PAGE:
An innovative, creative artist-turned-businesswoman
survives all odds to see her dream become a reality.

     Built in 1893, the historic Weille Building, in downtown Paducah, begged for restoration or, more appropriately, demolition. Years of neglect left gaping holes in the roof and walls. Accumulated debris from former owners littered each floor. A roost of pigeons had taken over the third floor.
      "The site was an overwhelming mess," Sarah Roush admitted. "There was no electricity or water, floors were out, the elevators didn't work, the roof leaked.”
      Contractors and other professionals proclaimed the building unsalvageable. "Everyone looked at the place and said, 'no way' adding it would cost over a half million dollars to renovate," Sarah recalled. "I was turned down by the local Mainstreet association for a construction loan and went head-to-head with the city architect over a colorful paint scheme for the building's facade.”
      To buy the building and finance the project on her own, Sarah borrowed against her life insurance policy and took a second mortgage on her home. "There were days I had buyer's remorse,” she confessed, “often feeling overwhelmed and powerless. Sometimes I was so depressed I would just roam around from floor to floor taking photos.”

     It was during this time Sarah was diagnosed with breast cancer. After surgery, she remembers laying in the hospital bed feeling doomed. Like the Weille building, she seemed to be crumbling. Once back on her feet, however, she continued to work tirelessly.
      Eighty-four dump truck loads of waste and an archaic boiler were removed. A crane was needed to extract several useless nine-hundred-pound air conditioning units. The third floor, finally cleared of feathered creatures, was converted into a makeshift studio for Sarah.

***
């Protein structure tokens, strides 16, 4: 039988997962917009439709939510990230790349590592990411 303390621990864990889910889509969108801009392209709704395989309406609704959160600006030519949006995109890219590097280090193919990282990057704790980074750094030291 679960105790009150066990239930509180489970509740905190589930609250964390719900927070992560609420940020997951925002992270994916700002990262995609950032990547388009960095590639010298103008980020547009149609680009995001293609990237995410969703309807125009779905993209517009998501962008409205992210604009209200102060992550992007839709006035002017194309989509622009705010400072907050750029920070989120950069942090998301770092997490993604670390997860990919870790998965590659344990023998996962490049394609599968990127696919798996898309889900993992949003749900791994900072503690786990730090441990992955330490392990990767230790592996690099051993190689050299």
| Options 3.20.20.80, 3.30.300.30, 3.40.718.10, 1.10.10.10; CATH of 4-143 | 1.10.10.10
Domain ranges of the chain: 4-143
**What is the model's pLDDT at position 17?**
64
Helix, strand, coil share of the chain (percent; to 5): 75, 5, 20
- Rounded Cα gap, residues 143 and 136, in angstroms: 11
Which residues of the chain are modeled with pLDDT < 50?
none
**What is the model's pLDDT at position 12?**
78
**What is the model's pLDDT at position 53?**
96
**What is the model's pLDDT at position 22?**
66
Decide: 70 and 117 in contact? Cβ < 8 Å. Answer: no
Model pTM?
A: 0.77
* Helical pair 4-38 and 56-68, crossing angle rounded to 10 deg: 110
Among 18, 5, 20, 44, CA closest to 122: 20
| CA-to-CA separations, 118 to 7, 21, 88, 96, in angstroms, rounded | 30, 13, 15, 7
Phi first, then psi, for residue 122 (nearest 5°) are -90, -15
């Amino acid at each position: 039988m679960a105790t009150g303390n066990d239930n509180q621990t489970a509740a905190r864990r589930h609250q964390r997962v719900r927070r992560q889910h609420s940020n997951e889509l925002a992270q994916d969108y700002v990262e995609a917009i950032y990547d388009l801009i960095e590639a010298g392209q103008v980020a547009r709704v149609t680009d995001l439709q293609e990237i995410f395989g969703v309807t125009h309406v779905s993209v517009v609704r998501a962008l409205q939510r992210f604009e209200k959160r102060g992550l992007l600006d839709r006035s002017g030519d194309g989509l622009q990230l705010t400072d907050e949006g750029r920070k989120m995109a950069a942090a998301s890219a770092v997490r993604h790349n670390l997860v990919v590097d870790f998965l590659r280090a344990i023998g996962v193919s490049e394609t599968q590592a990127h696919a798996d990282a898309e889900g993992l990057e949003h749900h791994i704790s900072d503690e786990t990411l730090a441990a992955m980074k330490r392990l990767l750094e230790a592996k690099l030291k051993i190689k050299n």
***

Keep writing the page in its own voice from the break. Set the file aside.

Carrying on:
The work did not stop with indoor renovation. Sarah wanted to create a unique patchwork of tiles on the building front outdoors, similar to a design she had used on her buildings on South Second Street.
      With the help of Pat Powell, Vice President of Marketing and Sales for Old Hickory Clay Company in Hickory, Kentucky, and Old Hickory’s ceramic engineers, the clay formula and glaze recipe were adjusted to better withstand the rigors of rapidly changing weather conditions in Western Kentucky. The distinctive result makes the Weille a landmark in downtown Paducah.


     The Weille project – encompassing 14,000 square feet -- took two years. With care and attention, it should last another hundred years, thanks to Sarah Roush. The artist-turned-businesswoman tackled the seemingly impossible. With vision, determination and perseverance, she made her dream a reality.

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Sarah Roush
409 Broadway
Paducah, KY 42001

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